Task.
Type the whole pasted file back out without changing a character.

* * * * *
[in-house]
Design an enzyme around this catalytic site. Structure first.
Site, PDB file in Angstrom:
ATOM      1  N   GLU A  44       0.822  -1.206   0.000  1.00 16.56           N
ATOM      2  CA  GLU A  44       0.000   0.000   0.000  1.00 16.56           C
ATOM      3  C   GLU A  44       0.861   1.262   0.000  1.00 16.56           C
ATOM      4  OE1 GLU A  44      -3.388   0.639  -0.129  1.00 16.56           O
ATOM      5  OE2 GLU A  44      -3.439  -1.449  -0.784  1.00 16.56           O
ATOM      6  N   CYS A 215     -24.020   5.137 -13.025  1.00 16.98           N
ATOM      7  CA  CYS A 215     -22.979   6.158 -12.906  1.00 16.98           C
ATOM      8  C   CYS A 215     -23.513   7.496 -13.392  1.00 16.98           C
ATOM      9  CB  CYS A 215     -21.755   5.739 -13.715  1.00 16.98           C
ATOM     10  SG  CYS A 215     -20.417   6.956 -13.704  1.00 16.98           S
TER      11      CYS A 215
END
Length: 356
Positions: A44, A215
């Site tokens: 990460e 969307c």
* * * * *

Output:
[in-house]
Design an enzyme around this catalytic site. Structure first.
Site, PDB file in Angstrom:
ATOM      1  N   GLU A  44       0.822  -1.206   0.000  1.00 16.56           N
ATOM      2  CA  GLU A  44       0.000   0.000   0.000  1.00 16.56           C
ATOM      3  C   GLU A  44       0.861   1.262   0.000  1.00 16.56           C
ATOM      4  OE1 GLU A  44      -3.388   0.639  -0.129  1.00 16.56           O
ATOM      5  OE2 GLU A  44      -3.439  -1.449  -0.784  1.00 16.56           O
ATOM      6  N   CYS A 215     -24.020   5.137 -13.025  1.00 16.98           N
ATOM      7  CA  CYS A 215     -22.979   6.158 -12.906  1.00 16.98           C
ATOM      8  C   CYS A 215     -23.513   7.496 -13.392  1.00 16.98           C
ATOM      9  CB  CYS A 215     -21.755   5.739 -13.715  1.00 16.98           C
ATOM     10  SG  CYS A 215     -20.417   6.956 -13.704  1.00 16.98           S
TER      11      CYS A 215
END
Length: 356
Positions: A44, A215
């Site tokens: 990460e 969307c």